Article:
In her newest post, Debbie Maken takes to task those of her detractors that label her and her views feminist.

Here, I agree with her. I do not think Maken is at all a feminist; she is, however, very woman-centric. She exalts the concerns of women, transforming them into divine commands binding upon men. Meanwhile, she regularly dismisses the concerns of men, primarily by questioning the motives of those who express such concerns.

At one point, she declares:

It is not in my nature to leave faulty assumptions unchallenged. Weeding out the “gift of singleness” via my book is just the beginning. So, let us now deconstruct this floating myth [of the ‘feminine church’ chasing men away].

Yet, how does Maken react when others decide not to leave Maken’s own faulty assumptions unchallenged? Near the end of her post, she repeats this old canard:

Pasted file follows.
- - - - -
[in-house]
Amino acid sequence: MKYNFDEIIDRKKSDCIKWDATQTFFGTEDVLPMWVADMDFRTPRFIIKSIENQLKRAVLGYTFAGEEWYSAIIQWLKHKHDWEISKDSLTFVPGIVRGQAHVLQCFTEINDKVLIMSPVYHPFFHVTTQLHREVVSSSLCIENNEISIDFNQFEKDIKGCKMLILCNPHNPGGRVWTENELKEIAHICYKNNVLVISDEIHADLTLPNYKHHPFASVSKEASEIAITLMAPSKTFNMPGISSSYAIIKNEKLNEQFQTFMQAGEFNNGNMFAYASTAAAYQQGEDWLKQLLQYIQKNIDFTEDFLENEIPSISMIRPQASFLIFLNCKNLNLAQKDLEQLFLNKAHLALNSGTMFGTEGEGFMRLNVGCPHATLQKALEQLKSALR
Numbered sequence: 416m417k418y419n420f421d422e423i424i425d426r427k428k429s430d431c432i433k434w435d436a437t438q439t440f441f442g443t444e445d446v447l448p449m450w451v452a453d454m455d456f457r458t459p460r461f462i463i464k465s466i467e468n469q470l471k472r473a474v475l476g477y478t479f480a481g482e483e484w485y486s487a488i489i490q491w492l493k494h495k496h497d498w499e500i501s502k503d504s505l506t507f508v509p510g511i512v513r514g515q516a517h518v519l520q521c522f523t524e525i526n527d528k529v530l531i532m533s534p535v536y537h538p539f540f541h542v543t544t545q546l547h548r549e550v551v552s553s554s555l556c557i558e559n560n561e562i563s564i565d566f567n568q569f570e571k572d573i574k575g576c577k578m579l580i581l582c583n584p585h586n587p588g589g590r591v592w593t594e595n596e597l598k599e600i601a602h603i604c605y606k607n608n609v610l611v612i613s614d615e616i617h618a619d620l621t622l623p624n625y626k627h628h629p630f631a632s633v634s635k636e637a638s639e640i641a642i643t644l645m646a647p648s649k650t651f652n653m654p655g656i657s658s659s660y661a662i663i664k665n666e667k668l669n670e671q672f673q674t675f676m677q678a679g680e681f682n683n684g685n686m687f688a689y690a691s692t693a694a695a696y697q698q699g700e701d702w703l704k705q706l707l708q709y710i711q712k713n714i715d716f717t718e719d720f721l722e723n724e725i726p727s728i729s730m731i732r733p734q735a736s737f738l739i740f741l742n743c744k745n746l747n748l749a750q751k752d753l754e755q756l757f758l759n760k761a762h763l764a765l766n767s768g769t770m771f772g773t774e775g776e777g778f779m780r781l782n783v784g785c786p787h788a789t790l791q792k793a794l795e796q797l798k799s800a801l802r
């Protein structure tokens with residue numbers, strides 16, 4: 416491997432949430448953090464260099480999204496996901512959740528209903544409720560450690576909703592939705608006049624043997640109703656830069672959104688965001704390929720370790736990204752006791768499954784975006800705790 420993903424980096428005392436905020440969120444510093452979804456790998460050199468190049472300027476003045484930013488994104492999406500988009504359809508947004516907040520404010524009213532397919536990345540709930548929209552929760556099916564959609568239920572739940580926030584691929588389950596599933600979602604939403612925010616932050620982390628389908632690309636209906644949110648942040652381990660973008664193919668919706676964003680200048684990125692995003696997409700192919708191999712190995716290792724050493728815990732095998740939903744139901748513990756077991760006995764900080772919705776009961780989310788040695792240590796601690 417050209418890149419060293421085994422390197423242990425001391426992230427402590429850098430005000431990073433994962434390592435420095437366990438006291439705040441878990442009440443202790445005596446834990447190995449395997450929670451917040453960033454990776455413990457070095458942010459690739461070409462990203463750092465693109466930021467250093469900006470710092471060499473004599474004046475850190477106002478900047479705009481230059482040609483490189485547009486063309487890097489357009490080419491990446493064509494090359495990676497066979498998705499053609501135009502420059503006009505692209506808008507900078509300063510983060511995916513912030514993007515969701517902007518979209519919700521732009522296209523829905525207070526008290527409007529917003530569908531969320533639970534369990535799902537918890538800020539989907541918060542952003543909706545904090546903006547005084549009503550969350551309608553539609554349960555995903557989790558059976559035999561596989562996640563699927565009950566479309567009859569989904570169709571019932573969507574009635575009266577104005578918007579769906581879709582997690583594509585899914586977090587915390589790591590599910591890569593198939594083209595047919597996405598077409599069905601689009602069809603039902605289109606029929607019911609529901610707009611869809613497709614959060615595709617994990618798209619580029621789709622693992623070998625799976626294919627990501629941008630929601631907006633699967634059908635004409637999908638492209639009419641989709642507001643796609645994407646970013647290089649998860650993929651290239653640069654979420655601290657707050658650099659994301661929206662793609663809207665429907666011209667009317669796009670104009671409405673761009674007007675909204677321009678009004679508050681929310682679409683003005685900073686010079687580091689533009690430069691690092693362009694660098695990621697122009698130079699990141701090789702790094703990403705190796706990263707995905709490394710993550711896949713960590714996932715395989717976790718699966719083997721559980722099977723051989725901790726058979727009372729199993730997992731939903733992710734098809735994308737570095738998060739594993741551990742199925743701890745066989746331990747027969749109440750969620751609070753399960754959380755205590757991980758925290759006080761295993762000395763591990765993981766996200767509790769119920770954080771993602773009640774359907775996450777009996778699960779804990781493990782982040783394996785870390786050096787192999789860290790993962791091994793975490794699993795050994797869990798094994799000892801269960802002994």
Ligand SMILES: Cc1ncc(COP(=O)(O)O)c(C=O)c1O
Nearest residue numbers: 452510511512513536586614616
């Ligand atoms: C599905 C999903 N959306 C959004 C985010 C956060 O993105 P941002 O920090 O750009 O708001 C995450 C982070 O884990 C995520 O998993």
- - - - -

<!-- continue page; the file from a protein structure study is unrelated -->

It is easy to avoid personal responsibility for our personal choices that have caused perennial bachelorhood by pointing to Feminists, soft core feminism in Christian women, labeling women as men-haters or disrespectful the moment they suggest change or dare disagree, or by casting women as lacking a submissive, quiet, gentle spirit if they logically outline the flaws in a man’s argument.

So, those who challenge Maken on her faulty assumptions and her hostility towards single men are doing so only to ‘to avoid personal responsibility for [their] personal choices’.

Maken obviously lumps all those who have actually challenged her book into this category as she (even in this long post) has responded to only one substantive disagreement with her thesis, that of Kostenberger.